**This is an older post. I've been having some computer/internet difficulties but they seem to be worked out now. Hopefully it stays that way. In any case, here is a post from a few weeks back**
Coming back to this house was difficult, for sure. We reeeeaaaallly did not want to live downtown again. We didn't want to get rid of our animals. We didn't want to get rid of our freedom. We didn't want neighbors. We didn't want kids living next door who scream the f*bomb day and night. This is in so many, many ways NOT our ideal pocket of the world.
But. Here we are.
When we came back here it was February and we got to work right away improving the inside. Painting the concrete floors of the back part of the house, rearranging the rooms in our minds to better suit our family this time around. Ripping up carpet and putting in a painted plank floor, painting walls, decorating... all these things we did while it was still cold and gross outside. When spring finally came I had serious visions of what I wanted the outside of the house to look like. To sum it up: PLANTS EVERYWHERE.
The last time we lived here I really wanted window boxes to plant geraniums in. I thought that would looks so sweet. Cottage-like. Then we moved to New Richmond and I thought, “you know, the only thing that would make the exterior of this house better is window boxes filled with geraniums.” Then, at the cabin: “Martin, the outside is just made of wood, you could easily nail window boxes up to the windowsills and I would plant geraniums in them....” are you seeing the pattern here?
This time, I didn't even have to beg. (Martin is all about keeping me happy here. I think he's afraid I'll run away, especially now that I'm in such better shape from walking everyplace!) I have window boxes on almost all my windows (only the kitchen one still needs to be built.) And they are all filled with thriving red impatiens which I pretend are geraniums. (not true... one box is filled with geraniums, but they don't get enough light, which I suspected would be the case, but I had to try anyway.)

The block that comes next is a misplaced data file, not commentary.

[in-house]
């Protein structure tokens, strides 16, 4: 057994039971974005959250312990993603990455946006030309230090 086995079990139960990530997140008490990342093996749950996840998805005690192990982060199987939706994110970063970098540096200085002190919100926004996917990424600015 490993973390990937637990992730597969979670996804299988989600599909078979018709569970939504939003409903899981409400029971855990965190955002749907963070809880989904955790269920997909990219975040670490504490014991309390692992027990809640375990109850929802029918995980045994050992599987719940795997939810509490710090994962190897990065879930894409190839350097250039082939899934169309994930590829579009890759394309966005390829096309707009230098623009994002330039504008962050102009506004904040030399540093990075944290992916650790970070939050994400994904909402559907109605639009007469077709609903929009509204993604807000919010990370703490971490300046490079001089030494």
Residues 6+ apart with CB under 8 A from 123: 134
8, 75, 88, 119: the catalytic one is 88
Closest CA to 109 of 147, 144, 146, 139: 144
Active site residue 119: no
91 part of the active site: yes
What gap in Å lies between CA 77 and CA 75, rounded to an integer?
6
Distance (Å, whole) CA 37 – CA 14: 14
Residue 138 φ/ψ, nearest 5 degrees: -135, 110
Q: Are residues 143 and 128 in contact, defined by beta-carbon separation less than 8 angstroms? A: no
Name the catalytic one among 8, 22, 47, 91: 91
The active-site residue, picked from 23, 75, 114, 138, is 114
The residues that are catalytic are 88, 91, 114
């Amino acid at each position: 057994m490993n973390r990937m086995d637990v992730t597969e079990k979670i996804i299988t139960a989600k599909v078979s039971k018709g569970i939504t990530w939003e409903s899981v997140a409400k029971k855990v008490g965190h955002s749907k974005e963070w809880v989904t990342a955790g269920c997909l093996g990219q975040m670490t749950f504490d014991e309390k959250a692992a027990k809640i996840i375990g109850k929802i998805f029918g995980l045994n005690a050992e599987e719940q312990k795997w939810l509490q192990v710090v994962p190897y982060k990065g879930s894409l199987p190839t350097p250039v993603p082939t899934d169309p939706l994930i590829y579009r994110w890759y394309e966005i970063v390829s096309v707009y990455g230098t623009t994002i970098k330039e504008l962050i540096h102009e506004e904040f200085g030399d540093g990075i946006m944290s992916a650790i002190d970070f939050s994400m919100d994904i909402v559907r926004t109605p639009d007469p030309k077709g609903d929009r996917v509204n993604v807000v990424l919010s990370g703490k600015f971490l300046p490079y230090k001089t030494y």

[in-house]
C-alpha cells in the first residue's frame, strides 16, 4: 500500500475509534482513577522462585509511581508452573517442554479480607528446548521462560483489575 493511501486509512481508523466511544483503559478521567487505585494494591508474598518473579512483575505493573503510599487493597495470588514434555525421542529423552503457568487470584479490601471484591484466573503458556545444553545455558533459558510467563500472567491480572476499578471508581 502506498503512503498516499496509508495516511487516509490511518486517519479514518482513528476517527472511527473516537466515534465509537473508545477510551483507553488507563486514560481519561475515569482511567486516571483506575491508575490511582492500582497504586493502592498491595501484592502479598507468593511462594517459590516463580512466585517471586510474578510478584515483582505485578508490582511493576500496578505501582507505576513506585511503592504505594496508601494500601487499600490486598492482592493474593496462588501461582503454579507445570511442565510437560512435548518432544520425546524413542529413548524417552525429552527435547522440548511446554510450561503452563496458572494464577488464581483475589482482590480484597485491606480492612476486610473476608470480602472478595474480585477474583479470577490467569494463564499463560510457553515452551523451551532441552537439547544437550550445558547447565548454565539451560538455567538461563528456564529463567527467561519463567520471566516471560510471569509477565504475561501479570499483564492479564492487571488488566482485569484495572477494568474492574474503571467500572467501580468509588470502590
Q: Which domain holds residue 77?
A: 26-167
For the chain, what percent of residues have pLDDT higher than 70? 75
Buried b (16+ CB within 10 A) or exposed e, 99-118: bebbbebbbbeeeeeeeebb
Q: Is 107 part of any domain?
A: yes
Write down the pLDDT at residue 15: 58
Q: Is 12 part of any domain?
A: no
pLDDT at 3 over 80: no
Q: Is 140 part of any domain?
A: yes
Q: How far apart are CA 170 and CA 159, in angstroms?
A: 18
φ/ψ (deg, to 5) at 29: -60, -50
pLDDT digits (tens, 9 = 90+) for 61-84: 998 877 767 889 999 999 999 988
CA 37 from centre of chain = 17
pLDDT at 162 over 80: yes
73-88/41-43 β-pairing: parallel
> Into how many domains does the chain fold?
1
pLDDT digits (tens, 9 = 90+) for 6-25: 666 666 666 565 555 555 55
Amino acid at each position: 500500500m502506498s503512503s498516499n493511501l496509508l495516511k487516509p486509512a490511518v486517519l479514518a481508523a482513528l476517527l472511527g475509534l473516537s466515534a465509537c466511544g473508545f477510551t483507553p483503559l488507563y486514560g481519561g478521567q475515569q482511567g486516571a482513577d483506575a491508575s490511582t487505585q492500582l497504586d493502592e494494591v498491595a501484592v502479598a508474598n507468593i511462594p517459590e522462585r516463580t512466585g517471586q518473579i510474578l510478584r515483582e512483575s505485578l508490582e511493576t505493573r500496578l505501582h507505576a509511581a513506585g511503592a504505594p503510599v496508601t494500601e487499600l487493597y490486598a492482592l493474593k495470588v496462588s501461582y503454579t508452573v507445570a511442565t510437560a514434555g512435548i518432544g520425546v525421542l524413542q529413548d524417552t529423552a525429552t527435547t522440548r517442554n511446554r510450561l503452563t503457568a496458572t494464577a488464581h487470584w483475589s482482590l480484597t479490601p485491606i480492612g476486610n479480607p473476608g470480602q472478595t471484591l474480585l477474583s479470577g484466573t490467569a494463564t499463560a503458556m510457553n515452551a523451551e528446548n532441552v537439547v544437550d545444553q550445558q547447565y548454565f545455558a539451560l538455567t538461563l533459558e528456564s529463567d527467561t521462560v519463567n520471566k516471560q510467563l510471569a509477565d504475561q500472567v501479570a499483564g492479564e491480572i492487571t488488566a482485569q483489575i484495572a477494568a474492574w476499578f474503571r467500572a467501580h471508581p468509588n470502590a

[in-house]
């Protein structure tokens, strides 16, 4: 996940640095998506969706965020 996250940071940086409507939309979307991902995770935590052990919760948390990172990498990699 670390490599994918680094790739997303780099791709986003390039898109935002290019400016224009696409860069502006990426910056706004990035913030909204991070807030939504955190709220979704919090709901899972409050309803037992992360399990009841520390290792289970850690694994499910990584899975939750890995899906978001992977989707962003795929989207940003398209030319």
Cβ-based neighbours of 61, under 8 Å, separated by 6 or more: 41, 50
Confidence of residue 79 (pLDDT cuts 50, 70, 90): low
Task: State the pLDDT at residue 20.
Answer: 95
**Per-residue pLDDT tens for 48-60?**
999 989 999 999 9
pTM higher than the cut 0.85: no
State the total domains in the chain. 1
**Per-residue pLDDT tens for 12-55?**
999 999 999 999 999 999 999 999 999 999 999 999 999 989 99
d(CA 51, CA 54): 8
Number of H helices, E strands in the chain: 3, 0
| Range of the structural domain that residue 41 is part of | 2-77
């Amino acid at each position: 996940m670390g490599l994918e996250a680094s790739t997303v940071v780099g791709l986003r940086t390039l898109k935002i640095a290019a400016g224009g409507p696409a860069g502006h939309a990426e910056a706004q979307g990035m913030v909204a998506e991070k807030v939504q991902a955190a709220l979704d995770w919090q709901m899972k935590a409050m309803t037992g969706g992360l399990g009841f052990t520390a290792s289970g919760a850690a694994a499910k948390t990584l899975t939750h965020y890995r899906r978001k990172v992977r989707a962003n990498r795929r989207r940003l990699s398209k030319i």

These window boxes make me happy. These and the roses Martin and the girls gave me for Mother's Day, and the dream of a picket fence and gate at the top of the driveway, all make me feel like this house is closer to meeting it's Cuteness Potential. It's kind of in a difficult spot—obviously, the neighborhood stinks in a lot of ways—our house is situated between an extremely cute and full of charm house and a dumpy, nothing-special-about-it, practically-falling-down rental, which looks a lot like ours, except we have green trim and are shorter. (Our whole house is short—oddly short. The ceilings are so low, which is goofy, but when you realize that the entire house is shorter than all the rest on the street, it's kind of comical. Like it was made just for us. Heart.) The rest of the houses all down the street are no better than the one next to us. They all are falling into disrepair. In fact, most of them look pretty awful. In the event that we end up spending the rest of our lives here in this house (likely,) the fact that our home looks somewhat taken care of, and cutefied, makes my heart feel a little more at peace with our situation.
I'm always on the lookout for other houses. Not just country houses (I'm hopelessly obsessed with my nightly internet homestead searches) but places in town too. Bigger lots, old homes that are more charming than ours, in cute, historic neighborhoods. Original woodwork, door, hinges, little garages or carriage houses outside... But whenever I do start wandering on a Zillow search, I always end up looking around at my own shabby little house and thinking maybe it really isn't so bad.
This past week my brother and his family have been visiting from Virginia. We had a little birthday gathering for Elka one night and the weather was nice. All the fifteen grandkids played outside and we had the patio lights and the house was hot and stuffy and full of food, and my sister-in-law snapped a picture late in the evening of my brother and me playing guitars on the patio, and I thought, “there's definitely a thin line between trashy and boho, and I think just maybe we have managed to make it onto the boho side.” And then, (even if it isn't true,) I convinced myself that we had.